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Hello good people of stackoverflow, this is a conceptual question and could possibly belong in math.stackexchange.com, however since this relates to the processing speed of a CPU, I put it in here.

Anyways, my question is pretty simple. I have to calculate the sum of the cubes of 3 numbers in a range of numbers. That sounds confusing to me, so let me give an example.

I have a range of numbers, (0, 100), and a list of each numbers cube. I have to calculate each and every combination of 3 numbers in this set. For example, 0 + 0 + 0, 1 + 0 + 0, ... 98^3 + 99^3 + 100^3. That may make sense, I'm not sure if I explained it well enough.

So anyways, after all the sets are computed and checked against a list of numbers to see if the sum matches with any of those, the program moves on to the next set, (100, 200). This set needs to compute everything from 100-200 + 0-200 + 0-200. Than (200, 300) will need to do 200 - 300 + 0 - 300 + 0 - 300 and so on.

So, my question is, depending on the numbers given to a CPU to add, will the time taken increase due to size? And, will the time it takes for each set exponentially increase at a predictable rate or will it be exponential, however not constant.

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Note that checking "against a list of numbers to see if the sum matches with any of those" is not a free operation. Depending upon the data structure used to store this set, this check could have runtime ranging from O(1) to O(n) (where n is the number of distinct sums that are being stored). – Michael McGowan Jun 3 '11 at 4:30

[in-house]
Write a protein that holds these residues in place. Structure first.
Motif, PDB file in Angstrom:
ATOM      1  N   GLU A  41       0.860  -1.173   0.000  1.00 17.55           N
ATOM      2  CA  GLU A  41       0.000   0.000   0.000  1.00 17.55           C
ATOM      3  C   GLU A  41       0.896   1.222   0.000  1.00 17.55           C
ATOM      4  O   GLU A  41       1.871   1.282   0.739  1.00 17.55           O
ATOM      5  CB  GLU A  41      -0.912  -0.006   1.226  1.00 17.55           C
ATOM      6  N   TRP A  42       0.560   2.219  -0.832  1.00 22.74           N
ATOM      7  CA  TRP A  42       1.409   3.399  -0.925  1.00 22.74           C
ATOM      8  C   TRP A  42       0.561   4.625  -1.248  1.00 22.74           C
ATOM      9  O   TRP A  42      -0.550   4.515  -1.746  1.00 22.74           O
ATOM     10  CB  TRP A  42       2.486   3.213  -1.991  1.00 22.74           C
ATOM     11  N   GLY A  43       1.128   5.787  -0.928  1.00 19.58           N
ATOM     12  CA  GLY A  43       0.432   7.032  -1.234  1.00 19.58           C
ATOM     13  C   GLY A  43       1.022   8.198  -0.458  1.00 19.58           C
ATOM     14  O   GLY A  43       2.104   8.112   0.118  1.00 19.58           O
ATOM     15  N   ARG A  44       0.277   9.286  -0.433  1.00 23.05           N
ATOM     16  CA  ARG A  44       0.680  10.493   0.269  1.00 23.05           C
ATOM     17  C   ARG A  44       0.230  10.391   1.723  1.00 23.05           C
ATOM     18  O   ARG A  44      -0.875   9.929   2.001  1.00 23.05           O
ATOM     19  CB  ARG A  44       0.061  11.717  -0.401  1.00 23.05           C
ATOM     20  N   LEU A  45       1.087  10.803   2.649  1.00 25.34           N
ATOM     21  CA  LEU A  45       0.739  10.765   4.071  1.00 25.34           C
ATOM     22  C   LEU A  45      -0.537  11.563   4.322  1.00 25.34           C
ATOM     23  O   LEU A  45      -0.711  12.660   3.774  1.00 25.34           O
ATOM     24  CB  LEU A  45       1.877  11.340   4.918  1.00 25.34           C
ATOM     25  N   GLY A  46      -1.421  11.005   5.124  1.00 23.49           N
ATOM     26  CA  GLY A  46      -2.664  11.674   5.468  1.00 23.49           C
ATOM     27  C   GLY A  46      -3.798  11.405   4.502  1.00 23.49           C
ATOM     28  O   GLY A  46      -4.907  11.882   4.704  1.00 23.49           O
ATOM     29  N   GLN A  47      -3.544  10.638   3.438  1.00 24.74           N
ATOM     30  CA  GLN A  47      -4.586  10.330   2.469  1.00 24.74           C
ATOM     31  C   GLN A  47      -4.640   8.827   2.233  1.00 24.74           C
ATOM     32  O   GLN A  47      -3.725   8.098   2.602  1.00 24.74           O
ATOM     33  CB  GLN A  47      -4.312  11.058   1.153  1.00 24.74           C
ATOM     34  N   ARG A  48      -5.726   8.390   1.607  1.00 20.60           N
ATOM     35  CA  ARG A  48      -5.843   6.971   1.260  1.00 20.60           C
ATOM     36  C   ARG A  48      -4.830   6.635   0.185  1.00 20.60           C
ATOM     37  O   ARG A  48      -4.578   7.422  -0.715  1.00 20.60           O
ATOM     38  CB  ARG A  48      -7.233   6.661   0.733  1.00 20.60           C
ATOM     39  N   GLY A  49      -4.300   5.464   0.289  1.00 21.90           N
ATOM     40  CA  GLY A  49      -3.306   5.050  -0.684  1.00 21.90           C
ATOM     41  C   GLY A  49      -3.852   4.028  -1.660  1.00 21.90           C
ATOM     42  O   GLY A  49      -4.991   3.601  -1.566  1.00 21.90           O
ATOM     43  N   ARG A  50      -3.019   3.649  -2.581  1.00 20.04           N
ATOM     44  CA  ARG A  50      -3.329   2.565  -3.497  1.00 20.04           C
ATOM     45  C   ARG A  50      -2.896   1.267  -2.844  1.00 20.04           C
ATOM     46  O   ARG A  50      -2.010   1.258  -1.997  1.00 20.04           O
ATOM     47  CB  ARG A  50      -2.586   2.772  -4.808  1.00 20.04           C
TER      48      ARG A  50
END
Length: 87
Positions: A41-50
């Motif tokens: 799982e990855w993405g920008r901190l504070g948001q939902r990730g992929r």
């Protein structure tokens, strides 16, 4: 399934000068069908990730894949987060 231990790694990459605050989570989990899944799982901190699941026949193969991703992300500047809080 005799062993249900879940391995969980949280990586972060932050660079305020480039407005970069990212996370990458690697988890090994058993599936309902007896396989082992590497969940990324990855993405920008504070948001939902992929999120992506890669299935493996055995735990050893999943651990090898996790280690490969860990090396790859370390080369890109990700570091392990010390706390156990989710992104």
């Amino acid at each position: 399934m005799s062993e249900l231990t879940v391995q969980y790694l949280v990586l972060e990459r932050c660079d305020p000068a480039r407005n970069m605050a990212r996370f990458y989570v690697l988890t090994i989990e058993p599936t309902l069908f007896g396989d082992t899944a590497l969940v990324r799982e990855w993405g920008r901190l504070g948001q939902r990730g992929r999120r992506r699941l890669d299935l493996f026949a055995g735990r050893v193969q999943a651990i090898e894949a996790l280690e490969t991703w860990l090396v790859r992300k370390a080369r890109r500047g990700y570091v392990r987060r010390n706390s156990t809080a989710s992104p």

up vote 1 down vote accepted

The time to add two numbers is logarithmic with the magnitude of the numbers, or linear with the size (length) of the numbers.

For a 32-bit computer, numbers up to 2^32 will take 1 unit of time to add, numbers up to 2^64 will take 2 units, etc.

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As I understand the question you have roughly 100*100*100 combinations for the first set (let's ignore that addition is commutative). For the next set you have 100*200*200, and for the third you have 100*300*300. So it looks like you have an O(n^2) process going on there. So if you want to calculate twice as many sets, it will take you four times as long. If you want to calculate thrice as many, it's going to take nine times as long. This is not exponential (such as 2^n), but usually referred to as quadratic.

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It depends on how long "and so on" lasts. As long as you maximum number, cubed, fits in your longest integer type, no. It always takes just one instruction to add, so it's constant time.

Now, if you assume an arbitrary precision machine, like say writing these numbers on the tape of a turing machine in decimal symbols, then adding will take a longer time. In that case, consider how long it would take? In other words, think about how the length of a string of decimal symbols grows to represent a number n. It will take time at least proportional to that length.

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So, if the set of numbers were to go on towards say, 80 digits long, than the amount of time taken to add 3 would take the same amount of CPU time? And you didn't really answer my other question, if the time taken for each new set of numbers will increase at a constant exponential rate. – Matt Habel Jun 3 '11 at 2:01

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